“I don’t,” she sobbed, bursting violently into tears. “But the God I don’t believe in is a good God, a just God, a merciful God. He’s not the mean and stupid God you make Him out to be.”

Yossarian laughed and turned her arms loose. “Let’s have a little more religious freedom between us,” he proposed obligingly. “You don’t believe in the God you want to, and I won’t believe in the God I want to. Is that a deal?”

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Charles R 12.31.14 at 8:18 pm

Plume, I completely agreed with your own narration and moral conclusions when you said

This pervades our society, above and below ground, and any society still in the thrall of organized religion, most especially the Levantine.

IMO, we will all be better off once we cast off the ultimate dictator. “God.” Not to replace him with others. But to do away with the idea of rulers of any kind, period.

I found this sentiment you were writing about whose narration ended here is true for my own journey. I am one of those people Bruce Wilder asked about. After converting to Christianity in my teens, I gave it everything I thought I could give (excepting what I later learned was something I cannot ever give away), and married and changed life plans to go to Bible college, and did it. Even in the declining conservative environment of the school, I was still learning things through my unpaid apologetics research that rocked my shit in the tectonic world. I still kept the faith; you know the story. I planned on and worked on a dissertation on Pascal. It got to be too close to home, and then it was home. I am far from Christianity these days, and even far from the leftist vogue saturating and squenching academic philosophy in its urban form that helped inoculate me from the pragmatic centrist vogue saturating and squenching academic philosophy in its suburban form. I found the exact same apologetics games were playing out in places like this, in the academic blogs, where communities of philosophers get together and shoot the shit to fellow words-on-screens, but only once I got myself completely out of fighting any particular such game as it related to an ever-fading heartfulness in the Jesus story.

I’m saying all this, because it’s just surprising to me that someone who wrote what I quoted will later go on to say such things as

Not taking Marxism seriously is a sign of a hopelessly narrow perspective on the world, especially regarding capitalism. Even if it’s just to be “well rounded” in your overall education, it needs to be a part of that. Dismissing it also means dismissing dozens (if not hundreds) of the most brilliant thinkers ever to have put their thoughts to paper, and this covers many fields of inquiry . . . from literary theory, to psychology, critical theory, geography, sociology, history (with dozens of subsets), economics, etc. etc.

There are brilliant racists, brilliant bigots, brilliant sycophants, brilliant Very Horrible People. We all read Kant. I read Bernasconi’s takedown of how race came conceptually to be the other day. He puts it in Kant, largely. I think he’s on to something there, and I’d like to see some Blumenbergian philosophical tradition of unearthing how nonconcepts become real similar what Bernasconi does. We just have to look at Kant the way we, those usual us, now look at our former apologetics days—especially to see we’re always still in them.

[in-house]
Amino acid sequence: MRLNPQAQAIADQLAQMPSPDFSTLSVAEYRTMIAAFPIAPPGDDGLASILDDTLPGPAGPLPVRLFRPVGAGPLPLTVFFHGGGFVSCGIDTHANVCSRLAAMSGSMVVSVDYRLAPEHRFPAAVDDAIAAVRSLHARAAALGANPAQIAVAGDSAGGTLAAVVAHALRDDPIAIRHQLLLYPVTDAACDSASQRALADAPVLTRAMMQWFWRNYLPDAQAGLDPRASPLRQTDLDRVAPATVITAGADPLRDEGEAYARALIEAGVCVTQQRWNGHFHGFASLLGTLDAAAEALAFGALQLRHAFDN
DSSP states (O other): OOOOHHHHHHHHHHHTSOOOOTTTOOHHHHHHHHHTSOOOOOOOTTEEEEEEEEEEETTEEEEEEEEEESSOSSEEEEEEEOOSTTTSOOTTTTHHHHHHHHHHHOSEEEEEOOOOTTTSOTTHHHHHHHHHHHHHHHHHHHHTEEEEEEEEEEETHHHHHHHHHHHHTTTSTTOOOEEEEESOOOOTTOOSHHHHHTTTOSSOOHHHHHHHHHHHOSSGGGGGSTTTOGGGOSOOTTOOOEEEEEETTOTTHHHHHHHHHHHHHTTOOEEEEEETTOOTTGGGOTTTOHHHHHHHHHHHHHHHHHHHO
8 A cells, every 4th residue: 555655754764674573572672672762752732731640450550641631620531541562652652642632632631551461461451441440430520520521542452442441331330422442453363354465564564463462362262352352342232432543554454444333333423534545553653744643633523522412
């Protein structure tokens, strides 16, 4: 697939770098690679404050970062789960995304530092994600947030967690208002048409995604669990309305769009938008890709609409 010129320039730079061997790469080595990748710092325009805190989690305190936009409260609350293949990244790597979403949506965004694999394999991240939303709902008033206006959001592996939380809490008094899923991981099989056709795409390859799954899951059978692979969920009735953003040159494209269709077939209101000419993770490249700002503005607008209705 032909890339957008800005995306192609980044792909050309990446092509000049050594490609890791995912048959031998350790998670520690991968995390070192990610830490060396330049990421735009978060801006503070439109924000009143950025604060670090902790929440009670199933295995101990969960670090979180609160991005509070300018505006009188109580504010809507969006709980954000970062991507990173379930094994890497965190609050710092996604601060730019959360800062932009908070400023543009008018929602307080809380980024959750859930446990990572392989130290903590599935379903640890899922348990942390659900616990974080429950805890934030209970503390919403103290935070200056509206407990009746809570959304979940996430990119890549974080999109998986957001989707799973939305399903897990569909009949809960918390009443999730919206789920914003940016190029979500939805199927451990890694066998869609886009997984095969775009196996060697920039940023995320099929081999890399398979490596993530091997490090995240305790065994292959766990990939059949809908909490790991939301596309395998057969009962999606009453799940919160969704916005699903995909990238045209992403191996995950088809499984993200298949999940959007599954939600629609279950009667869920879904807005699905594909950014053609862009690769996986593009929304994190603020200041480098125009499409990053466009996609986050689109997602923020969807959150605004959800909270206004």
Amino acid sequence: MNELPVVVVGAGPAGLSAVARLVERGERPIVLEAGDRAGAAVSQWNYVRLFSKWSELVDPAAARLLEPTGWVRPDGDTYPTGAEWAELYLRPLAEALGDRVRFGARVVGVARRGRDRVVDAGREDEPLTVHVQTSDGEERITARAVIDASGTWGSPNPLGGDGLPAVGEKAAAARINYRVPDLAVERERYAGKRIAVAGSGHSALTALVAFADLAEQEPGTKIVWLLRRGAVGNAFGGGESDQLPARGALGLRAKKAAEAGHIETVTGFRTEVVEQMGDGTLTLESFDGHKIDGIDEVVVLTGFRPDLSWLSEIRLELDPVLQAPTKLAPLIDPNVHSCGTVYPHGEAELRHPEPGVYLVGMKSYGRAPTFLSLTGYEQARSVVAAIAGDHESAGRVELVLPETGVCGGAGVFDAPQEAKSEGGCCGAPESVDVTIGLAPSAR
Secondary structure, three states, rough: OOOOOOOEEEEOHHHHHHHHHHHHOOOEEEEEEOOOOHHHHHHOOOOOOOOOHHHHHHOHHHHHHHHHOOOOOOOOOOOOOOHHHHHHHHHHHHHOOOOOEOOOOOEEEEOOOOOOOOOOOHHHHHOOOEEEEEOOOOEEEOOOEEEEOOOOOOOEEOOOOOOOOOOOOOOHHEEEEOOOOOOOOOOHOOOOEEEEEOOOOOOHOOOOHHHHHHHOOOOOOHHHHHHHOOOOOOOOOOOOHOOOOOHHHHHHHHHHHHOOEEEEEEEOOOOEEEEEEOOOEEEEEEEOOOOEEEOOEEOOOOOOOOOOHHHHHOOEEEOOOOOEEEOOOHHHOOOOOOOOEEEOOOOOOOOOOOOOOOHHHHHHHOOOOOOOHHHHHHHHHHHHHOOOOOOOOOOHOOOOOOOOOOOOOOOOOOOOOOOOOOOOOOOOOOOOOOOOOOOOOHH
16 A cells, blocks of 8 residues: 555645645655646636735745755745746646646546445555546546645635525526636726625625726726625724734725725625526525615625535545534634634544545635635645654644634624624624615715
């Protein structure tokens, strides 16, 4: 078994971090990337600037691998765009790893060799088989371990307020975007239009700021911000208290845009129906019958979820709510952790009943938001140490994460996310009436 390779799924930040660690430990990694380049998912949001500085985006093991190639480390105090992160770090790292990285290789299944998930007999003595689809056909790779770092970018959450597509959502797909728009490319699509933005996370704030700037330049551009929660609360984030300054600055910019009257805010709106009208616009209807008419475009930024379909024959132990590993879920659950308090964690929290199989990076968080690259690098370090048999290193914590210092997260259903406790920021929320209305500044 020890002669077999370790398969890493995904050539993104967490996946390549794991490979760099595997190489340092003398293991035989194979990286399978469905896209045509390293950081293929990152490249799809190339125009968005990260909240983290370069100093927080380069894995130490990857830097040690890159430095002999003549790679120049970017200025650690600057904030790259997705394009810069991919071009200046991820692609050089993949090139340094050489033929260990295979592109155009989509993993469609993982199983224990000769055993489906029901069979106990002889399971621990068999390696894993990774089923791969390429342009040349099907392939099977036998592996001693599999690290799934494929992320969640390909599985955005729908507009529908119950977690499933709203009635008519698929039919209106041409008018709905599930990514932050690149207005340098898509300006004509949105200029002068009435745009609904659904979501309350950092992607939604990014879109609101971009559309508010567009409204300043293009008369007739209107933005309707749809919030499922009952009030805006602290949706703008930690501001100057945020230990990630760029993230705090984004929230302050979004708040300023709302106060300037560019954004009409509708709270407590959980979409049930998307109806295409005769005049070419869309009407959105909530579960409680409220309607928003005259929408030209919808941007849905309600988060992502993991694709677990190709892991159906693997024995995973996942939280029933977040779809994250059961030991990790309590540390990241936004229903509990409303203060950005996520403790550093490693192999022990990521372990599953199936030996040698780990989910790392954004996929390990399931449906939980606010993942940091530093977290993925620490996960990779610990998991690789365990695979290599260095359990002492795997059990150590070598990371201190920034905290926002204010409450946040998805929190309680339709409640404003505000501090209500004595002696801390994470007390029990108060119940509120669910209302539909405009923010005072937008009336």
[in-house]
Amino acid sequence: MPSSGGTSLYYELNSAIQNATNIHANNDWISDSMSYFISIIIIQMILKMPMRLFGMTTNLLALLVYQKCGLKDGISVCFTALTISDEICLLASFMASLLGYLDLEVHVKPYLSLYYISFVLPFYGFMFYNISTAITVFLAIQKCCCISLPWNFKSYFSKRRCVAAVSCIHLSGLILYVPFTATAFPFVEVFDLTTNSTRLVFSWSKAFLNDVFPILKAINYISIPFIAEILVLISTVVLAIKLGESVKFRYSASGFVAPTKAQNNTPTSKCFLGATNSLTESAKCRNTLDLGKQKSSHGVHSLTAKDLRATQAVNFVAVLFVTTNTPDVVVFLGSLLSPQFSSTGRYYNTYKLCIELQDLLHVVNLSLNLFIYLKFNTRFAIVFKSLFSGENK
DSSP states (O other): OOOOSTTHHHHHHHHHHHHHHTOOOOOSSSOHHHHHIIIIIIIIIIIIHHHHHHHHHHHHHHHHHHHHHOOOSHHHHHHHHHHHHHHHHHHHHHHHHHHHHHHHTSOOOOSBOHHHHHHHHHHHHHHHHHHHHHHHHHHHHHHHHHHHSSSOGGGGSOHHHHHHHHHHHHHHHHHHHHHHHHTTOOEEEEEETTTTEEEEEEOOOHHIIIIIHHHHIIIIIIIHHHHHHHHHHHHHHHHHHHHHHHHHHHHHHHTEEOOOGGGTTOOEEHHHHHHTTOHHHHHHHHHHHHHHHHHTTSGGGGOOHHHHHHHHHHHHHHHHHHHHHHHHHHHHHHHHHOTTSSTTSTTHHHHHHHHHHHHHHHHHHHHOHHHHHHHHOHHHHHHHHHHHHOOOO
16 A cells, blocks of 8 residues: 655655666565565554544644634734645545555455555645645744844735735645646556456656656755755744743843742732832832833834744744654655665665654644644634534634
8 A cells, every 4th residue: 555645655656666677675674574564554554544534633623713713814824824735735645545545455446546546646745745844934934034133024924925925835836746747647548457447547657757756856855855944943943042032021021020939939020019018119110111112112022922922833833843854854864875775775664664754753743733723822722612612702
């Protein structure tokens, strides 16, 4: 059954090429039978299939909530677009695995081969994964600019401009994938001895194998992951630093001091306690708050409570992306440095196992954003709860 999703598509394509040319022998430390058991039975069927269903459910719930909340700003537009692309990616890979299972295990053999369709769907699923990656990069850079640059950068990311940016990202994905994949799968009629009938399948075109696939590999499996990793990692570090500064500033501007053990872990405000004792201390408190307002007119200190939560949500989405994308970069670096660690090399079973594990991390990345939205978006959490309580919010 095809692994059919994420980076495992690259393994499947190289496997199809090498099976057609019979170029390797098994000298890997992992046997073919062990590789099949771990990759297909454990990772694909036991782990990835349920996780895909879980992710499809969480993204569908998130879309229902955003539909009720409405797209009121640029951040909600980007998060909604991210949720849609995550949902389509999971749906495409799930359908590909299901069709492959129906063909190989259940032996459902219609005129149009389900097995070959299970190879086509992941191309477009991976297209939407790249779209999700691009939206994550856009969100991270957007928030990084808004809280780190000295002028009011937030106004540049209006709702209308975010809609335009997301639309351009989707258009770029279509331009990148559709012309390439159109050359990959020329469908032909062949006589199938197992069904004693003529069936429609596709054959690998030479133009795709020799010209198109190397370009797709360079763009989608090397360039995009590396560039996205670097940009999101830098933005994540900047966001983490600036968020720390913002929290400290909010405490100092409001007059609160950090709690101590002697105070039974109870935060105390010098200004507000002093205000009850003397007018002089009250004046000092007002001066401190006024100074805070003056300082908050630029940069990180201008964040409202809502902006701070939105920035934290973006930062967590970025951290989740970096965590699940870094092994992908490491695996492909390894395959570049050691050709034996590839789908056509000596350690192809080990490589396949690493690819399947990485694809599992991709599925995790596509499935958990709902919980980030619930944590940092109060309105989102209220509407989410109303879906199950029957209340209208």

So if there’s anything brilliant in Kant, and enough for people to specialize in the guy, then let’s admit he’s a brilliant racist—and at least of the sort of racism or sexism or classism or elitism we diagnose in one another, in the way several of us go after J Thomas or whoever delurks for a moment to rant. If the very little evidence of a comment on a blog is enough to accuse someone for sinning the sin of being Not Worth Our Time Due To Being A Waste of Cognitive Resources, then certainly Kant—and a huge hell of a lot of philosophers we are forced by the rest of academic standards to teach as standard package to our clients the consumers—fit these standards. But he’s still brilliant, right?

Then being brilliant isn’t enough to give a shit. We’ll need more, won’t we? What is that? Is it really just what side a person dances for?

Or are there one set of rules or principles for blogs and another for The Academy? (But this just gets back to the question why moral consistency is what we crave for others, and rarely for ourselves, and if it’s really even consistency, a universal response to any variability, that we need morally….)

I was going to quote you also on calling Brett’s position “rightwing nonsense.” I’m teaching Russell Kirk alongside Emma Goldman this semester, so it’s not like I have chosen sides necessarily, but I want to point out that you called it “classic” as though it’s part of the nonsense (your word) I might find in some paleoconservative writing, something a lot more classic than what passes for conservatism today, now that cropped hair and black-rimmed glasses are no longer the fashion concurrently of both dominant sets of the white and black supremacists—part of when we really did believe ideas have consequences, including especially our own ideas and not just those of others.

But I’m hoping you’re here enough to realize you’re still undergoing the process that resulted in you concluding what you said and what it was that moved me, this idea that you couldn’t accept a God because you more strongly cannot accept rulers at all, and how that idea was part of the lessons you picked up from your own process of deconversion becoming the evacuation of, what I call, godneed and godrule, an idea that’s also part of the larger narrative you want to argue for, … at least for it here, right?